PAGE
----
By Julia Maldonado and Hannah Anderson
If the bill becomes law, Maryland would become the 18th state to abolish the death penalty.
O’Malley tried, and failed, to outlaw capital punishment during his first term, but this time he appears to have the momentum and the votes.
Last week, two senators confirmed they are in favor of repeal, bringing the number of affirmative votes to 25 — one more than the number needed to pass a bill in the Senate. Early this session, Senate President Thomas V. Mike Miller Jr., D-Calvert, said he would propel the bill out of committee to be debated on the floor if the governor had enough support.
Miller told reporters Thursday that he expects the death penalty bill to be debated in the Senate chamber within a week.
“I think the repeal will pass with a comfortable margin,” Miller said. “I intend to vote against it.”
O’Malley was also expected to testify before a House committee Thursday. Proponents of repeal are optimistic about getting the bill through that chamber.
The governor’s bill would make life without the possibility of parole the highest form of punishment in Maryland, and require the governor to allocate $500,000 of annual savings from the repeal to the Maryland Victims of Crime Fund — devoted to the needs of murder victims’ families.
Currently there are five people on death row in Maryland. Another five have been executed since 1976.
The Chair of the Legislative Black Caucus, Delegate Aisha Braveboy, D-Prince George’s, said Thursday morning that 39 of the 43 members of the caucus support the repeal of the death penalty, adding some of the remaining four were still undecided.
Braveboy said her support of the bill — as well as that of other members of the caucus — is largely based on the findings of the 2008 study by the Maryland Commission on Capital Punishment.
The state-commissioned report concluded that geographic, socioeconomic and racial disparities were prevalent in the application of the death penalty in the state. The study also noted the high legal costs and emotional stress on victims’ families caused by lengthy appeals processes.
During his State of the State address last month, O’Malley referenced the same study, saying the death penalty “cannot be administered without racial bias.”
According to a 2009 study published in the Journal of Criminal Law and Criminology by two University of Colorado professors, 88 percent of the nation’s leading criminologists do not believe the death penalty deters violent crime.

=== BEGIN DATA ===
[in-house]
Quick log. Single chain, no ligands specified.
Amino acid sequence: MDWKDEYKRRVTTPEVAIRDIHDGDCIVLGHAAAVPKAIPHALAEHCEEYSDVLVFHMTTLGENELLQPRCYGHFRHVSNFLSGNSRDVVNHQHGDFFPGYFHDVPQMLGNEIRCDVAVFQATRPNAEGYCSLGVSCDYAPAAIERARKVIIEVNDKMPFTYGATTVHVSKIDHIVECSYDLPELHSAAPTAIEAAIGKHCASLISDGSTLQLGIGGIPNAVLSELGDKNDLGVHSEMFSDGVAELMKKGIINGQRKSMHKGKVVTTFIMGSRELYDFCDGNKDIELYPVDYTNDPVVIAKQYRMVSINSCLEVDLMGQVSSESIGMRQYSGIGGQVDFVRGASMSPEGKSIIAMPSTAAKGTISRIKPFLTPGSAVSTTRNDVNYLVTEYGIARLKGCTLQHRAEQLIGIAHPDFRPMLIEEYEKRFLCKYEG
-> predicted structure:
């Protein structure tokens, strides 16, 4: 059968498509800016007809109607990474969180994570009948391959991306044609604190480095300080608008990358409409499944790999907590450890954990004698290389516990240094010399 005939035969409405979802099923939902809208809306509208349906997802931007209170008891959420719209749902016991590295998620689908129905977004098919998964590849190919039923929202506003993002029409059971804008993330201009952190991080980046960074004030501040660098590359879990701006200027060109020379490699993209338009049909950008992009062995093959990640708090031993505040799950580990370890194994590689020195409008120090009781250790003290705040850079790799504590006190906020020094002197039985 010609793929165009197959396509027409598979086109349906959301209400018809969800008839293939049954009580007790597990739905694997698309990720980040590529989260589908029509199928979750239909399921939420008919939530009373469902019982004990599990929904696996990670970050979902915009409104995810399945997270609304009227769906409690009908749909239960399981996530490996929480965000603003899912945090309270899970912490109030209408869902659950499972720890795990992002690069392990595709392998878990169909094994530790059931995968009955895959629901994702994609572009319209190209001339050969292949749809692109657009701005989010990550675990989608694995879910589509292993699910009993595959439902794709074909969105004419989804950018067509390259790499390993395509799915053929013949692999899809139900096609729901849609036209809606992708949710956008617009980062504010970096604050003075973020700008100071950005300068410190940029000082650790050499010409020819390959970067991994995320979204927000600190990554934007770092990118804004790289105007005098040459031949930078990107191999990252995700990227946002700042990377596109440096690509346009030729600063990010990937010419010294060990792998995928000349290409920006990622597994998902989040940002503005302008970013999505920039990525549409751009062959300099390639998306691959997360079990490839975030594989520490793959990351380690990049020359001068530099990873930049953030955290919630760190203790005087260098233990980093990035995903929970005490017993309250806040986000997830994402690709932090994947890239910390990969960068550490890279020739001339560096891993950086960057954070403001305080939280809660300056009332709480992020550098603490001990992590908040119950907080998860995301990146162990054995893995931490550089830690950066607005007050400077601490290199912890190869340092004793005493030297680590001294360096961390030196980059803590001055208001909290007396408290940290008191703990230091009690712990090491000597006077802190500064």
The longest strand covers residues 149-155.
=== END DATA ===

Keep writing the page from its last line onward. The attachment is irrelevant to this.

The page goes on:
Another repeal attempt in Annapolis failed that year. Instead, the law was amended to restrict death penalty eligibility only to cases where there is DNA evidence, a voluntary videotaped confession, or video of the murder.
Thursday, O’Malley said the 2008 Commission found that 80 percent of Maryland’s death sentences between 1995 and 2007 were overturned.
“There is no such thing as a foolproof death penalty,” O’Malley said. “And there is no way to reverse a mistake if we should execute an innocent person.”
The death penalty has been a divisive issue in Maryland under the past two administrations. Former Gov. Bob Ehrlich, a Republican, was a proponent of the death penalty and lifted an execution moratorium when he was sworn in as governor. He reinstated the death penalty in 2003.
Still, many see the need for the death penalty in Maryland. Among those who testified in opposition of the repeal was Harford County resident Rich Prothero, whose brother, Baltimore County Police Sgt. Bruce Prothero, was shot and killed during a robbery while working as a jewelry store security guard in 2000.
“Certain crimes against our society are just not acceptable,” Prothero told the committee. “They shake your core.”
“The vile acts that man does to one another will not end, and every one of us knows it,” Prothero said. “No matter how judiciously you have to use it, there will always be incidences that warrant the ultimate price.”
Also testifying against the repeal of the death penalty was Baltimore County State’s Attorney Scott Shellenberger. He said the strict evidence requirements necessary to seek the death penalty make Maryland different from other states.
“The rare and selective use of the death penalty shows our collective conscience, and that the use of the death penalty is reserved for the worst of the worst,” Shellenberger said. “The statute you have today ensures that innocent people are not sent to death.”
The governor, though, said “the death penalty does not make us stronger or more secure as a people, nor does the death penalty make our laws more effective or more just.”
“Capital punishment is expensive, it does not work, and I humbly urge you to replace it with life without parole,” O’Malley said.
The Maryland General Assembly has not debated or voted for or against the issue of the death penalty since it was reinstated in 1978.